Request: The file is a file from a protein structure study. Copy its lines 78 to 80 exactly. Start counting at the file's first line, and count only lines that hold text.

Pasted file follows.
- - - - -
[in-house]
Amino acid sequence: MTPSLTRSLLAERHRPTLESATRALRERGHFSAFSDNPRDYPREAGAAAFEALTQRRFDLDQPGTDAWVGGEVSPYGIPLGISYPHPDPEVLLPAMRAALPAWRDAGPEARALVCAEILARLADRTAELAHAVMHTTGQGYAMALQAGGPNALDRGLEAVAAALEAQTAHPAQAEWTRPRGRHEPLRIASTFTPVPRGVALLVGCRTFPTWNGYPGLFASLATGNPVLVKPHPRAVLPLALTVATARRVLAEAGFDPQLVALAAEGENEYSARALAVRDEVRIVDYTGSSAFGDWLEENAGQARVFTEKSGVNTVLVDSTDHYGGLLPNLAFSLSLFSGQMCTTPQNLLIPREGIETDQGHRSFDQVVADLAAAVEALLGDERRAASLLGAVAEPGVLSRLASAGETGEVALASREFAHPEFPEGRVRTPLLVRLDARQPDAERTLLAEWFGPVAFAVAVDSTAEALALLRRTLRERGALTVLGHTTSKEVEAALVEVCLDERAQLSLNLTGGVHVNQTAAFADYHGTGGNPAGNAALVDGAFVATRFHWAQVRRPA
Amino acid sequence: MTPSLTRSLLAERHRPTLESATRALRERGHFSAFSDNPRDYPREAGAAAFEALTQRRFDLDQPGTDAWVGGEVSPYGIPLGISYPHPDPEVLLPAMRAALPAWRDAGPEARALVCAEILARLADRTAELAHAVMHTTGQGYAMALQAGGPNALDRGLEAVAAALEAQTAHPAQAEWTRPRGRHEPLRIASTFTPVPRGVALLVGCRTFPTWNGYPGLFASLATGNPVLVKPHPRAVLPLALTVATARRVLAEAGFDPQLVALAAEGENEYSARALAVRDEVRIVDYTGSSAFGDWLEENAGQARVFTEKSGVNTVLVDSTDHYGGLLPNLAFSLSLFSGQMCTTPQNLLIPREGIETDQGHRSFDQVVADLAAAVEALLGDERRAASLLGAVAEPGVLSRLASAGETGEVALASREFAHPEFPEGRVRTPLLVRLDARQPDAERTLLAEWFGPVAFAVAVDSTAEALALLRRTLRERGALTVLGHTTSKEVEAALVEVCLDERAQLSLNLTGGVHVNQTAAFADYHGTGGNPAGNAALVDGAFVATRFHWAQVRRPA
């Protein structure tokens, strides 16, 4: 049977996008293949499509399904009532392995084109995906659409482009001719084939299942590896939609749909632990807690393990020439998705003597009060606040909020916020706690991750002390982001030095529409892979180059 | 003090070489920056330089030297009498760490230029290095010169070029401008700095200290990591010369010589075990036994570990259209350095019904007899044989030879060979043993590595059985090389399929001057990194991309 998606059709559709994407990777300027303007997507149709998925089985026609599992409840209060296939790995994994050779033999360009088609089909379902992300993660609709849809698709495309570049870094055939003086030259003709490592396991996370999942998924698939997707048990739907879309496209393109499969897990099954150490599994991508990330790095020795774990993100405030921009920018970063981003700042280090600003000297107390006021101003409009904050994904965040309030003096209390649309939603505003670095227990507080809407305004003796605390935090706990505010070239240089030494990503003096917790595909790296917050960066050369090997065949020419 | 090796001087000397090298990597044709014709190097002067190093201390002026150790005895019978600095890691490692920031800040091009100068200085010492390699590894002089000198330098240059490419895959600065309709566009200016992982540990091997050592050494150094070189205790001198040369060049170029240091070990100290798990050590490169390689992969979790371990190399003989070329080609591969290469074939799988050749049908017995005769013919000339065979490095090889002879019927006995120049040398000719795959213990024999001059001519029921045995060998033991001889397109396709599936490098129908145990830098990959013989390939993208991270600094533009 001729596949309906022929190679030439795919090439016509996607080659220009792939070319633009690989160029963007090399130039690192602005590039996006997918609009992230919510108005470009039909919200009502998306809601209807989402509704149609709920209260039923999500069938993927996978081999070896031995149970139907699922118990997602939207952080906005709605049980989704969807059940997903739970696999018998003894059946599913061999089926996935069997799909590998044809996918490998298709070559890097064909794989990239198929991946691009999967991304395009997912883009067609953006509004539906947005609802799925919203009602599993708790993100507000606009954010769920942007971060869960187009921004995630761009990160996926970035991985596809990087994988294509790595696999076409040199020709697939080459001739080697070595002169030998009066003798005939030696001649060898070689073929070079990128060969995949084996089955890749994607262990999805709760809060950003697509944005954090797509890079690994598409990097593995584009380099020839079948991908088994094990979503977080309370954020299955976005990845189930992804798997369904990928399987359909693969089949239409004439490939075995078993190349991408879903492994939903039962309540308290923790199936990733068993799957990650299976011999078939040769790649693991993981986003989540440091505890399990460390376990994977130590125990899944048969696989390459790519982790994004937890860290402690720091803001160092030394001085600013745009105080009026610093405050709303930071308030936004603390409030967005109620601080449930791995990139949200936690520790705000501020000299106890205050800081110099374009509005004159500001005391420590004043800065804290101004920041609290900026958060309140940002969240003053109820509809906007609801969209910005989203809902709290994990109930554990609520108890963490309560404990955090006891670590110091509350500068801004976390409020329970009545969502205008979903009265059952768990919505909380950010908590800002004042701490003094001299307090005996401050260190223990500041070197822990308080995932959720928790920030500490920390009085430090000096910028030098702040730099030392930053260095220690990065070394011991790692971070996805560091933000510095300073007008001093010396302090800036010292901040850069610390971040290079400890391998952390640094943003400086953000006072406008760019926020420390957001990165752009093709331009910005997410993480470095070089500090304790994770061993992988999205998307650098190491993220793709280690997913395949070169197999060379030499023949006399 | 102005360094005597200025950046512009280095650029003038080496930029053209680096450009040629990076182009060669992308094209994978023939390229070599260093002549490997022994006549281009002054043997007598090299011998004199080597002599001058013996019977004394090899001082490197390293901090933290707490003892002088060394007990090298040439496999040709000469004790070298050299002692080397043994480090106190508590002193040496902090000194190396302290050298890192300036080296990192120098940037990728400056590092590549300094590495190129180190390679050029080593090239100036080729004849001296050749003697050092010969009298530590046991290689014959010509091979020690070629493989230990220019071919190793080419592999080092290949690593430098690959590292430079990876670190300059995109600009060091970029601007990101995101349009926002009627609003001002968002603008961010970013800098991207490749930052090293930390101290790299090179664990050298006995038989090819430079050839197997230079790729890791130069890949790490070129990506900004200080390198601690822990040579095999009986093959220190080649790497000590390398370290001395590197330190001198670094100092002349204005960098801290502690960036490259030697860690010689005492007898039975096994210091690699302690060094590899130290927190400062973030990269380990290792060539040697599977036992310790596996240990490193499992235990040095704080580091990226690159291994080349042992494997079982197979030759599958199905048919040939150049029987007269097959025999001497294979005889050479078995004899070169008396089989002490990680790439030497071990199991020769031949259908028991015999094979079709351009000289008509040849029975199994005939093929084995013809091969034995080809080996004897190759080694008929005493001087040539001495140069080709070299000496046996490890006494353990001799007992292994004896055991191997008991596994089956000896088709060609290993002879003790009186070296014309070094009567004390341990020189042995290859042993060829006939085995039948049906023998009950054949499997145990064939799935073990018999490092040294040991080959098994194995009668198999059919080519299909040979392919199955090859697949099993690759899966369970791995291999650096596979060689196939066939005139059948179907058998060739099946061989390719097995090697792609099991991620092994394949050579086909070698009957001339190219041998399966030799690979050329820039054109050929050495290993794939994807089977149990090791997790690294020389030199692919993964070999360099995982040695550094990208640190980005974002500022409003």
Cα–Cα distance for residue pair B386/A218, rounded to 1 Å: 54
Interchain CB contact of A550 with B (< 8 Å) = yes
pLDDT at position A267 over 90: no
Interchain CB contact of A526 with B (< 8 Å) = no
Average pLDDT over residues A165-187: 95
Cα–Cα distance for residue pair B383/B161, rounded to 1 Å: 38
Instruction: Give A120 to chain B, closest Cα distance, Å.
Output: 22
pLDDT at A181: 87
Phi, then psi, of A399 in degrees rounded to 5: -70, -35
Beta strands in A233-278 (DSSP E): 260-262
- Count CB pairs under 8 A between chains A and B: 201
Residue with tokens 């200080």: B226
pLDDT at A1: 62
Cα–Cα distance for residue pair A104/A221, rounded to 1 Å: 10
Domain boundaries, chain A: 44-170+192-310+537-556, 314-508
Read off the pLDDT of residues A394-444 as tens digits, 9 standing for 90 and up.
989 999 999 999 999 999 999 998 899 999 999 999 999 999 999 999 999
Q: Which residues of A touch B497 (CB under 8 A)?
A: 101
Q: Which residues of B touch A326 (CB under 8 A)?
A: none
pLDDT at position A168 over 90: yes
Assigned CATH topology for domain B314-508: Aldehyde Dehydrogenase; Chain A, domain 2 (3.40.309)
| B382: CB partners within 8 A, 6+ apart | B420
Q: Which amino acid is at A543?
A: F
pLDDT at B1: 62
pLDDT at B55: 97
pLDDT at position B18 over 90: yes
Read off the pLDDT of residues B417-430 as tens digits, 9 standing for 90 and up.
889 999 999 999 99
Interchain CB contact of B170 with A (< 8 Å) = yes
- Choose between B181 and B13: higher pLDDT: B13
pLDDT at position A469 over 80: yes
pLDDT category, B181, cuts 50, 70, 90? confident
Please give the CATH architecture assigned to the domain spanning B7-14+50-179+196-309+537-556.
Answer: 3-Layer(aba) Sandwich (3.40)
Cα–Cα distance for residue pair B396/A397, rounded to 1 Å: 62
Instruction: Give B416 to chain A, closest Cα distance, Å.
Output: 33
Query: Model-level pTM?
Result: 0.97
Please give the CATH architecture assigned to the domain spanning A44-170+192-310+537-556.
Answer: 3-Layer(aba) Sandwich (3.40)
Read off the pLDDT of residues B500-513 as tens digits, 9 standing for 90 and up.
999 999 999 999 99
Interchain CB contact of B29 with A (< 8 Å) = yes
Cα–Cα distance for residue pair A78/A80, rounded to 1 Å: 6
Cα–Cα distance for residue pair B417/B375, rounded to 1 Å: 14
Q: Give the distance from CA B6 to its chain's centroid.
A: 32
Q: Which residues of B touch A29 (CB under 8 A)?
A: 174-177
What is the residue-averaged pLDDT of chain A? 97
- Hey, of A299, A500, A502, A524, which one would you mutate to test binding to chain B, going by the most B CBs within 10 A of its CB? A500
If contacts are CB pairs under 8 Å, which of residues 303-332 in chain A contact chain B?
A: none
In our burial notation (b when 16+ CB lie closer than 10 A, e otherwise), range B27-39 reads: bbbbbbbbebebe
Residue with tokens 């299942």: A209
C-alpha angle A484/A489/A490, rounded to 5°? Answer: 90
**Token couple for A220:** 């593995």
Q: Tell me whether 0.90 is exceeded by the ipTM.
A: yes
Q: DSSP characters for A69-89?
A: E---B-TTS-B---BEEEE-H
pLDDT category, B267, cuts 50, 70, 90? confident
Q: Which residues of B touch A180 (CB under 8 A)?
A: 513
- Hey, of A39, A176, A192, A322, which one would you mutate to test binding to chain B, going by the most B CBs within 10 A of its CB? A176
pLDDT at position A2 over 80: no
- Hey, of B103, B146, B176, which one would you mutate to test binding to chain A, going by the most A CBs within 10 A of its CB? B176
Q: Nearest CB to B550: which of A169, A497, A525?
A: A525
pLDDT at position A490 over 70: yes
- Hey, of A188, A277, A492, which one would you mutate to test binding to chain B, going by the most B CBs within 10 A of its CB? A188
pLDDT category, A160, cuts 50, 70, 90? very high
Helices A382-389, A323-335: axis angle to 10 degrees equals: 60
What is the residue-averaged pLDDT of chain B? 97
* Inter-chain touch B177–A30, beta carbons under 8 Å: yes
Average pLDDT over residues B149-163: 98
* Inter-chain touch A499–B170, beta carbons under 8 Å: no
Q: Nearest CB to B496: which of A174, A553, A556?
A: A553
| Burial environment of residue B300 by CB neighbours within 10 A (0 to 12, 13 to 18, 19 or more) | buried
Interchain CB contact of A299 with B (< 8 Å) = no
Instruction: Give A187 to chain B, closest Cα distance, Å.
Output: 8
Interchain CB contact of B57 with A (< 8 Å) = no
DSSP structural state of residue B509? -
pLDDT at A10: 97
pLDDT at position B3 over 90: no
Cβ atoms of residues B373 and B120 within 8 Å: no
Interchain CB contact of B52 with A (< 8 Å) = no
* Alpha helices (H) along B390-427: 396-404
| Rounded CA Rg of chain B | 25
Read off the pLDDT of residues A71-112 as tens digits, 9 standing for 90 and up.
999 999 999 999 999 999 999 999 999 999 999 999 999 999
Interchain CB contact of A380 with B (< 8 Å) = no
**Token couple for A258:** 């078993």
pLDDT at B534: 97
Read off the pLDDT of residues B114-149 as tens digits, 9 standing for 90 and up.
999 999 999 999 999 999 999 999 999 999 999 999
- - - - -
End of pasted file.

A: A525
pLDDT at position A490 over 70: yes
- Hey, of A188, A277, A492, which one would you mutate to test binding to chain B, going by the most B CBs within 10 A of its CB? A188